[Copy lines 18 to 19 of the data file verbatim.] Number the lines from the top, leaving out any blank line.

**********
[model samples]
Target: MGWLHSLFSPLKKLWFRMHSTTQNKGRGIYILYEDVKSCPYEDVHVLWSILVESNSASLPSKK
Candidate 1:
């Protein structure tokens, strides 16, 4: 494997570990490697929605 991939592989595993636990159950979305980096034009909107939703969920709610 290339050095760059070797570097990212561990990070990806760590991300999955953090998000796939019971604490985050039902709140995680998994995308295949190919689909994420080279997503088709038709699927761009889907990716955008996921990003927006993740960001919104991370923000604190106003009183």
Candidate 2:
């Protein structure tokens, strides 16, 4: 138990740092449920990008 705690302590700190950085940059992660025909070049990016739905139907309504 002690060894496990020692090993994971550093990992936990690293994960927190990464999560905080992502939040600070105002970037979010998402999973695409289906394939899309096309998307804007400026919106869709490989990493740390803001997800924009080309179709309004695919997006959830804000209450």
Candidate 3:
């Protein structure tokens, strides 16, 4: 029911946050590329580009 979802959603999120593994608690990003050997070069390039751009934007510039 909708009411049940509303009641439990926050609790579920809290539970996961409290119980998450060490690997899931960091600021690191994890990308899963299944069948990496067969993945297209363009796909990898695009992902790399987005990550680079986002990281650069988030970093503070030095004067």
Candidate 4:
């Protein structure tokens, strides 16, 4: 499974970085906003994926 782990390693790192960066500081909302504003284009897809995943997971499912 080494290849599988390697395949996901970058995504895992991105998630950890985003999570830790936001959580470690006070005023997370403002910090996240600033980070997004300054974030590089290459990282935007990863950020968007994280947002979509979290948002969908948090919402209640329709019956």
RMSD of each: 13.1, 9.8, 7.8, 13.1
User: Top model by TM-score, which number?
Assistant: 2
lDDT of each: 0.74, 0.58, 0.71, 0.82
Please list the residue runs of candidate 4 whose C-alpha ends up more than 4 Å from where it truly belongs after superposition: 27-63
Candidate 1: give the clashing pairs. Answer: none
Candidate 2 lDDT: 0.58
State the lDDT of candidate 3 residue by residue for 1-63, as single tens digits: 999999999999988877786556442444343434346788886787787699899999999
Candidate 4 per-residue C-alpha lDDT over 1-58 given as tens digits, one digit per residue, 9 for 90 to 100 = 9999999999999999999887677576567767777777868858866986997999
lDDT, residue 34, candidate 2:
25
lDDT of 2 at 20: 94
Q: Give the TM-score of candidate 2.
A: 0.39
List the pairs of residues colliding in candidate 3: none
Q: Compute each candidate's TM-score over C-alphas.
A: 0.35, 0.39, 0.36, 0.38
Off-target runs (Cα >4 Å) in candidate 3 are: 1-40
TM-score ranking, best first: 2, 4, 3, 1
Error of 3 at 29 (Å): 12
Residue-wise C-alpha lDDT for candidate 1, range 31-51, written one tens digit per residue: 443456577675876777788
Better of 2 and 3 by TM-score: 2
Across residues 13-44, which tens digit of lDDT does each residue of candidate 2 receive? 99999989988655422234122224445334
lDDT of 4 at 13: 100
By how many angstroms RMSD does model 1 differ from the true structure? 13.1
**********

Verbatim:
State the lDDT of candidate 3 residue by residue for 1-63, as single tens digits: 999999999999988877786556442444343434346788886787787699899999999
Candidate 4 per-residue C-alpha lDDT over 1-58 given as tens digits, one digit per residue, 9 for 90 to 100 = 9999999999999999999887677576567767777777868858866986997999